calculating, by the computer, an individual consolidated score using the default score, weighted score, and the priority score of each decision factor;
calculating, by the computer, a total consolidated score from the individual consolidated scores for the architecture design pattern; and
comparing, by the computer, the total consolidated score for the architecture design pattern against total consolidated scores for other architecture design patterns to determine a suitable candidate architecture design pattern for data integration.
2. The method of claim 1, further comprising the step of:
calculating, by the computer, a confidence level of at least one of the default scores, the weighted scores, the priority scores, the individual consolidated score, and the total consolidated score to indicate accuracy of the historical data integration knowledge and the inputs.
3. The method of claim 1, further comprising the step of:
receiving, by the computer, additional expert data related to the decision factors from the subject matter experts, wherein the additional expert data is used to fine-tune the priority scores.
4. The method of claim 1, wherein the set of requirements include facts defining at least one of operation, behavior, and functionality of resources in the enterprise system, and non-functional requirements that define constraints on design or implementation of the resources.
5. The method of claim 1, wherein the historical data integration knowledge comprises facts and non-functional requirements of the system to be integrated.
6. The method of claim 1, wherein the step of calculating, by the computer, a weighted score for each decision factor comprises:
dividing, by the computer, each default score by a sum of the default scores for the decision factors.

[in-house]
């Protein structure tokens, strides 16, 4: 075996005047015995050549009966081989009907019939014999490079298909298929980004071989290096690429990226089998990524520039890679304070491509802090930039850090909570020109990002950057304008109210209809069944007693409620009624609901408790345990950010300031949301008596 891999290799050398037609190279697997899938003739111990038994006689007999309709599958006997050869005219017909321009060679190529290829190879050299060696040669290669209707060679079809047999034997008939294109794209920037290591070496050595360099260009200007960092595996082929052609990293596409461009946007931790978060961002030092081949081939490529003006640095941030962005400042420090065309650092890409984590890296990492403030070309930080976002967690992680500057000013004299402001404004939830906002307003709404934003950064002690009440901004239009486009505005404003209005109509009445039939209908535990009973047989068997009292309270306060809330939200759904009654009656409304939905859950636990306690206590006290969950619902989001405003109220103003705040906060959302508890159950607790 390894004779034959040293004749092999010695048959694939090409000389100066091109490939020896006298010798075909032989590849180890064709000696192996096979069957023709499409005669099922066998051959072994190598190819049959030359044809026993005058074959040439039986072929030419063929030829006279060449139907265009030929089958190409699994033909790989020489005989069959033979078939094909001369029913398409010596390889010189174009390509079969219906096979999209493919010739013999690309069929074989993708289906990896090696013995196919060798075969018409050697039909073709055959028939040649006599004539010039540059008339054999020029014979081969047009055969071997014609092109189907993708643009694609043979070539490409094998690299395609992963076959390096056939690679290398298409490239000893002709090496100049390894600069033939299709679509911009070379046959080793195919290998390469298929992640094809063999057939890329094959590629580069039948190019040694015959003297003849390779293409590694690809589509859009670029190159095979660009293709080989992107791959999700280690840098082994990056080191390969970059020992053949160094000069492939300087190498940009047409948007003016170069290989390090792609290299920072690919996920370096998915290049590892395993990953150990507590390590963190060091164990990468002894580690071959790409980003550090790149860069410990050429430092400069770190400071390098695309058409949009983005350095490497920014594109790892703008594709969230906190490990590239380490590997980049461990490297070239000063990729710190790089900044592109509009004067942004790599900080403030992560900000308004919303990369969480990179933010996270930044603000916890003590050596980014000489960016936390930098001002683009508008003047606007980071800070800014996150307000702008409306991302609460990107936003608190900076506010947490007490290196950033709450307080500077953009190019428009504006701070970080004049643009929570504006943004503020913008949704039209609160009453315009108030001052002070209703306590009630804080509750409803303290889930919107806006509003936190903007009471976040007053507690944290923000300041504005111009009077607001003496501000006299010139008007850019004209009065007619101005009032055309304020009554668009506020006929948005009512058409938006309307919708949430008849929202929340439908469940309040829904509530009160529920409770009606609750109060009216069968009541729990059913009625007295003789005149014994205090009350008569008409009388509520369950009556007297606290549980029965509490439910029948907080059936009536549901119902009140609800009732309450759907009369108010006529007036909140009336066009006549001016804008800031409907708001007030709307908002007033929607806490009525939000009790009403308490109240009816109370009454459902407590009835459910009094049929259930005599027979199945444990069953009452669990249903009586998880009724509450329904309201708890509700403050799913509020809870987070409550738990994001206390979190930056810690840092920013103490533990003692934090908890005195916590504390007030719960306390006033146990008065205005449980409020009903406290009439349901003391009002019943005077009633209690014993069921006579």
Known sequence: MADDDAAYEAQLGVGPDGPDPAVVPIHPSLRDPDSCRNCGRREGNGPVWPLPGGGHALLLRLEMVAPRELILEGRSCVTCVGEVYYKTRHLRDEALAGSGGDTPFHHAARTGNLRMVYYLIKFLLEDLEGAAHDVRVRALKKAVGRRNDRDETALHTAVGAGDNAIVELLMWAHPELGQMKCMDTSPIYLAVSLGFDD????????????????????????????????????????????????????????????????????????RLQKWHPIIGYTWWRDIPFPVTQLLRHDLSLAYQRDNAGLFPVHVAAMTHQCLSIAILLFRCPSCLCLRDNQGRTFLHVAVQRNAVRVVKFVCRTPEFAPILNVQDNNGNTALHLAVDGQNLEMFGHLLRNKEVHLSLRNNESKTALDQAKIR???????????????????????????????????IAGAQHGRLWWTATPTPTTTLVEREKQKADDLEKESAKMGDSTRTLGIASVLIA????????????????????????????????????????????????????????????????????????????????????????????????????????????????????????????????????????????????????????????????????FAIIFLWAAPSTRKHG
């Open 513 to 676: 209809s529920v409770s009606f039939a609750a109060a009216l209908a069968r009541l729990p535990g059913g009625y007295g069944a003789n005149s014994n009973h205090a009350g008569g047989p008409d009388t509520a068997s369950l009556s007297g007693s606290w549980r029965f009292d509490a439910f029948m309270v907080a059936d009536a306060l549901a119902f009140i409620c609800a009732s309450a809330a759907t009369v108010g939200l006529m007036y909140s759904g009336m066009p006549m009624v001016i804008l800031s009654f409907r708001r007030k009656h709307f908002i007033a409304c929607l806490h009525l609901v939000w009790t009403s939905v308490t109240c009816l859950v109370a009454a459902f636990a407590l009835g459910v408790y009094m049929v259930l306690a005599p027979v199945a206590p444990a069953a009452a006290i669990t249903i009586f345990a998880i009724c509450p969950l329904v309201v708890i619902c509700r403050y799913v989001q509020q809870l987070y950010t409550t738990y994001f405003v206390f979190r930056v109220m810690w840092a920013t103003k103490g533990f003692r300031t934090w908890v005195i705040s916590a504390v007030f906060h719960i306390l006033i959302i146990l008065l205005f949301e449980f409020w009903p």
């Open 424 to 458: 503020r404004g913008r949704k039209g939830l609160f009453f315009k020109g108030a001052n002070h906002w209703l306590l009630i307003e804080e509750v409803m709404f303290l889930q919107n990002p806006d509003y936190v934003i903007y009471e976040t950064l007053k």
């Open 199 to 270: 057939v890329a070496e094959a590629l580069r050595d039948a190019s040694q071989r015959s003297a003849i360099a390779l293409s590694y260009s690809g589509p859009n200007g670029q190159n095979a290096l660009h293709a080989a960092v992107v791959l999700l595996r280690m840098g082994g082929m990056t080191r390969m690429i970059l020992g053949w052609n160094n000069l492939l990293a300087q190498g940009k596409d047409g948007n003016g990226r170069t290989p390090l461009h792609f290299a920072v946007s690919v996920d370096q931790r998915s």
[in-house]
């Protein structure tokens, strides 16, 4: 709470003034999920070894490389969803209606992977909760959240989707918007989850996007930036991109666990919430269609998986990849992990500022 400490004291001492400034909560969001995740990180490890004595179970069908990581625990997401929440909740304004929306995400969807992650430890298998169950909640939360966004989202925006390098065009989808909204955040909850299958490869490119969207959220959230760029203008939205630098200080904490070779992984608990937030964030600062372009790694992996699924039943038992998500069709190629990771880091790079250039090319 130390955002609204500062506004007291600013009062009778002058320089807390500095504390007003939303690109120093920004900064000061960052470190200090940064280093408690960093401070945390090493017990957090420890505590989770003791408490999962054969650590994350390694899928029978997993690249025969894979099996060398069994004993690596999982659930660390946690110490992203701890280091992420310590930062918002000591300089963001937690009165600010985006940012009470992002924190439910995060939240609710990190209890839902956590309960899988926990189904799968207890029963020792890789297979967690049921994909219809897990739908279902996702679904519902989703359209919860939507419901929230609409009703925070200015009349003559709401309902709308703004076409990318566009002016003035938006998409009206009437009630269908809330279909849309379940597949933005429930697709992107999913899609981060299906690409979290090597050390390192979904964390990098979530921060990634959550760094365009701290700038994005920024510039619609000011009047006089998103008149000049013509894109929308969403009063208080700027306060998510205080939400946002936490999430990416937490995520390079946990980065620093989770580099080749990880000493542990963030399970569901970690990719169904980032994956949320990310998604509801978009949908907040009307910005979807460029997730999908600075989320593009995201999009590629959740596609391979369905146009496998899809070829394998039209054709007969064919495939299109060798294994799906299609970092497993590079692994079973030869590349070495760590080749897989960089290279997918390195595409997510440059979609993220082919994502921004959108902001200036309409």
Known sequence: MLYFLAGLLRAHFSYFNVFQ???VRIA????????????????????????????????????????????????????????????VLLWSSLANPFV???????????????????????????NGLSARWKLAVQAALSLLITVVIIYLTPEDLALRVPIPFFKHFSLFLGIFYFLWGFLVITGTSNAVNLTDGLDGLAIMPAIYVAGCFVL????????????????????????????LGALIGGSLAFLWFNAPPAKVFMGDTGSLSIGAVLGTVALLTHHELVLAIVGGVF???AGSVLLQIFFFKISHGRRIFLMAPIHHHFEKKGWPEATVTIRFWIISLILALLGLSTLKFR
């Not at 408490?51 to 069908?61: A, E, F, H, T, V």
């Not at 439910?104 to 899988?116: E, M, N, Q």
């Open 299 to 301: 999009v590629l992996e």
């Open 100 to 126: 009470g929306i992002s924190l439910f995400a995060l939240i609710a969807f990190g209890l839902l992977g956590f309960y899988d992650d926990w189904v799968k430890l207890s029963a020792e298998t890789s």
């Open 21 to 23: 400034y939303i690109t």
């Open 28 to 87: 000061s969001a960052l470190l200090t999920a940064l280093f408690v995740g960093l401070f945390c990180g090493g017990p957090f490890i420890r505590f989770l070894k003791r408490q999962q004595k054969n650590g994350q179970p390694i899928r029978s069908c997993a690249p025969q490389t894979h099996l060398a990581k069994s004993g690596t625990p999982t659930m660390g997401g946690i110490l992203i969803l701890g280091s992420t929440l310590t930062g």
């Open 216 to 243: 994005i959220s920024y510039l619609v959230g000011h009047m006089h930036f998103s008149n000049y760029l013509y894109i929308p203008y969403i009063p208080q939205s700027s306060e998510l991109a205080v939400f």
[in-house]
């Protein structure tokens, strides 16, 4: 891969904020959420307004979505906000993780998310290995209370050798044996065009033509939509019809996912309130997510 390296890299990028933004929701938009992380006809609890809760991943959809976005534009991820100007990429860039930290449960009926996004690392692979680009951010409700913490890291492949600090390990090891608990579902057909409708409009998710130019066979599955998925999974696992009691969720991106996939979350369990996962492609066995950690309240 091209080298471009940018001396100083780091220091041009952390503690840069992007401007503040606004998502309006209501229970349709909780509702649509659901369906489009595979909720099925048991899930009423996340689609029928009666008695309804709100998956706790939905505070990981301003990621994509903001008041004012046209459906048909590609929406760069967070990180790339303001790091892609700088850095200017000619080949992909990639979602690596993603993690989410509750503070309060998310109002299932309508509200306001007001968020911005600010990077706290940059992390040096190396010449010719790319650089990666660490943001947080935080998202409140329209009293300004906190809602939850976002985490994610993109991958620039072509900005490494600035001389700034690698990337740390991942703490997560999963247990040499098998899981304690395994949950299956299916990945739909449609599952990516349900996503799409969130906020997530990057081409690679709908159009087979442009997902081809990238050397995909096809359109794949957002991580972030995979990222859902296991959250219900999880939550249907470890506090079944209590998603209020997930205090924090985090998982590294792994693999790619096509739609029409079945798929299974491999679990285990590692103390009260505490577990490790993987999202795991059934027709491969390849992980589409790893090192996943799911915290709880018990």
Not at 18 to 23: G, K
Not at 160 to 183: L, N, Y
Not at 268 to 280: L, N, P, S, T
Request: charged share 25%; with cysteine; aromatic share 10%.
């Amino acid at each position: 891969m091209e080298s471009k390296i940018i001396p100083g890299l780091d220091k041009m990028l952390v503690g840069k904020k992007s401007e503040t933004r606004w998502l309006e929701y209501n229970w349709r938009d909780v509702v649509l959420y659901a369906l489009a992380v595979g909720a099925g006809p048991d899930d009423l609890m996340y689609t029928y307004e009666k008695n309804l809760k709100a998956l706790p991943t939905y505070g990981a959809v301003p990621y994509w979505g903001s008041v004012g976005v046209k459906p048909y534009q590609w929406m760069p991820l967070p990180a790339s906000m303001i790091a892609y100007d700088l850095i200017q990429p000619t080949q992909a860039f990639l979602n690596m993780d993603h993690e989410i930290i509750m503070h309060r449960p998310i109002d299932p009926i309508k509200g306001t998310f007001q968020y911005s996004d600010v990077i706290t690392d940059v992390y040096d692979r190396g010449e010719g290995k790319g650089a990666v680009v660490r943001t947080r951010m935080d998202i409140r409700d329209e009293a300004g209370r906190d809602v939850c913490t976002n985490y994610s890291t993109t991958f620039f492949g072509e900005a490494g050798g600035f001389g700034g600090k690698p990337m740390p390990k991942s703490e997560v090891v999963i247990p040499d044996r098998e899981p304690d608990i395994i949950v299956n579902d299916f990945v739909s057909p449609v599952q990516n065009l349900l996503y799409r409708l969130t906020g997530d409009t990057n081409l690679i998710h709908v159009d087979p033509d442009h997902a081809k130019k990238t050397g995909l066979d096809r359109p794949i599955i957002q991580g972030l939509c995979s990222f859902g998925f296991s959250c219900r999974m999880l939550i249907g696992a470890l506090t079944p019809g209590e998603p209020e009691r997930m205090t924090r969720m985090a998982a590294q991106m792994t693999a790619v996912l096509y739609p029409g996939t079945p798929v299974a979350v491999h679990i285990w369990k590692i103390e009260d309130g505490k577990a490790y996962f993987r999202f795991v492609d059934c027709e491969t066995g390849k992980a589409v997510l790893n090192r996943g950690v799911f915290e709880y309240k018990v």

7. The method of claim 1, wherein the step of calculating, by the computer, an individual consolidated score comprises:
dividing, by the computer, a sum of the default score to the weighted score of a decision factor by a predetermined value to generate a weighting factor; and
adding, by the computer, the priority score of the decision factor to the weighting factor.
8. The method of claim 1, wherein the step of calculating, by the computer, a total consolidated score comprises:
calculating, by the computer, a sum of a set of individual consolidated scores for the architecture design pattern.
9. The method of claim 1, wherein the set of decision factors and associated default scores, rules, and rationales are stored in a data integration knowledge system.
10. The method of claim 1, wherein the inputs obtained from system metadata related to the decision factors from virtual and physical data sources, experts in the enterprise system, and expert data related to the decision factors from subject matter experts in the enterprise system are stored in a metadata repository.
11. The method of claim 1, further comprising the step of:
responsive to selection, by the computer, of a suitable candidate architecture design pattern for the data integration, storing, by the computer, the selected suitable candidate architecture design pattern in a decision log.
12. The method of claim 1, wherein the system metadata comprises current system performance information.
13. A computer system for evaluating architectural design patterns for data integration in an enterprise system, the computer system comprising:
one or more processors, one or more computer-readable memories, and one or more computer-readable tangible storage devices;
program instructions, stored on at least one of the one or more computer-readable tangible storage devices for execution by at least one of the one or more processors via at least one of the one or more computer-readable memories, to derive a set of decision factors from a set of requirements for a system to be integrated, wherein the set of requirements specify capabilities that an architecture design pattern is required to provide;